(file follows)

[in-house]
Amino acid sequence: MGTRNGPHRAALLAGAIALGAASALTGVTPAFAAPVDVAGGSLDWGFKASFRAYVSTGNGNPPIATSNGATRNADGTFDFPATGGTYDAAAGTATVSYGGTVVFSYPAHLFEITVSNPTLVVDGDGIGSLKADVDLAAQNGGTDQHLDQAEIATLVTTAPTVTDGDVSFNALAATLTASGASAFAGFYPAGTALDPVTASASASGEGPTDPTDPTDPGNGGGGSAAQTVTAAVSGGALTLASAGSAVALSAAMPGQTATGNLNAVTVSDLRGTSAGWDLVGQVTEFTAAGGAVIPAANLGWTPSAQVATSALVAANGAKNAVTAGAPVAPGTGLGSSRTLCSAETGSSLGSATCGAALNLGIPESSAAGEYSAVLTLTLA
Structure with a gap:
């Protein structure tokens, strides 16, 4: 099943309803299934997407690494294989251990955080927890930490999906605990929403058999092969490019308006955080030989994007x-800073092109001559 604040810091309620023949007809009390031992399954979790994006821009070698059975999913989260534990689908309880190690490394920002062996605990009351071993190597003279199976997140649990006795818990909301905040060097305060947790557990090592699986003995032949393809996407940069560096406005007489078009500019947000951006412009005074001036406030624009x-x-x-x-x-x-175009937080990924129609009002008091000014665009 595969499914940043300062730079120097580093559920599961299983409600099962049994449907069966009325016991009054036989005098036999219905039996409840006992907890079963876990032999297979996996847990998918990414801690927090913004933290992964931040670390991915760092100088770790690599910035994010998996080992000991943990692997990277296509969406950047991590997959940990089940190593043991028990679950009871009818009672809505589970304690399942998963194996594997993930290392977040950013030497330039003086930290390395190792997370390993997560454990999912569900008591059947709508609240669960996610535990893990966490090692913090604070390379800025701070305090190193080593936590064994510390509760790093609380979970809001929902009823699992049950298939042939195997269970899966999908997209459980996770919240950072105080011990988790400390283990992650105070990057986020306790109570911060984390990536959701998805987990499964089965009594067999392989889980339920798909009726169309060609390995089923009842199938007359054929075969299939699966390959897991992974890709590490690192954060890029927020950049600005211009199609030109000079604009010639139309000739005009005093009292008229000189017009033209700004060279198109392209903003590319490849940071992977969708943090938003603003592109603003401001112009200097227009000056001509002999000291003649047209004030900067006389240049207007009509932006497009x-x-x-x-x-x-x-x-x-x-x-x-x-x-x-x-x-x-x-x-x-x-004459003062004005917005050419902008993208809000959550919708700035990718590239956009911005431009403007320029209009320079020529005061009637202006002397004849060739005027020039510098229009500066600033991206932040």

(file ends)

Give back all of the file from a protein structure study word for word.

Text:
[in-house]
Amino acid sequence: MGTRNGPHRAALLAGAIALGAASALTGVTPAFAAPVDVAGGSLDWGFKASFRAYVSTGNGNPPIATSNGATRNADGTFDFPATGGTYDAAAGTATVSYGGTVVFSYPAHLFEITVSNPTLVVDGDGIGSLKADVDLAAQNGGTDQHLDQAEIATLVTTAPTVTDGDVSFNALAATLTASGASAFAGFYPAGTALDPVTASASASGEGPTDPTDPTDPGNGGGGSAAQTVTAAVSGGALTLASAGSAVALSAAMPGQTATGNLNAVTVSDLRGTSAGWDLVGQVTEFTAAGGAVIPAANLGWTPSAQVATSALVAANGAKNAVTAGAPVAPGTGLGSSRTLCSAETGSSLGSATCGAALNLGIPESSAAGEYSAVLTLTLA
Structure with a gap:
């Protein structure tokens, strides 16, 4: 099943309803299934997407690494294989251990955080927890930490999906605990929403058999092969490019308006955080030989994007x-800073092109001559 604040810091309620023949007809009390031992399954979790994006821009070698059975999913989260534990689908309880190690490394920002062996605990009351071993190597003279199976997140649990006795818990909301905040060097305060947790557990090592699986003995032949393809996407940069560096406005007489078009500019947000951006412009005074001036406030624009x-x-x-x-x-x-175009937080990924129609009002008091000014665009 595969499914940043300062730079120097580093559920599961299983409600099962049994449907069966009325016991009054036989005098036999219905039996409840006992907890079963876990032999297979996996847990998918990414801690927090913004933290992964931040670390991915760092100088770790690599910035994010998996080992000991943990692997990277296509969406950047991590997959940990089940190593043991028990679950009871009818009672809505589970304690399942998963194996594997993930290392977040950013030497330039003086930290390395190792997370390993997560454990999912569900008591059947709508609240669960996610535990893990966490090692913090604070390379800025701070305090190193080593936590064994510390509760790093609380979970809001929902009823699992049950298939042939195997269970899966999908997209459980996770919240950072105080011990988790400390283990992650105070990057986020306790109570911060984390990536959701998805987990499964089965009594067999392989889980339920798909009726169309060609390995089923009842199938007359054929075969299939699966390959897991992974890709590490690192954060890029927020950049600005211009199609030109000079604009010639139309000739005009005093009292008229000189017009033209700004060279198109392209903003590319490849940071992977969708943090938003603003592109603003401001112009200097227009000056001509002999000291003649047209004030900067006389240049207007009509932006497009x-x-x-x-x-x-x-x-x-x-x-x-x-x-x-x-x-x-x-x-x-x-004459003062004005917005050419902008993208809000959550919708700035990718590239956009911005431009403007320029209009320079020529005061009637202006002397004849060739005027020039510098229009500066600033991206932040």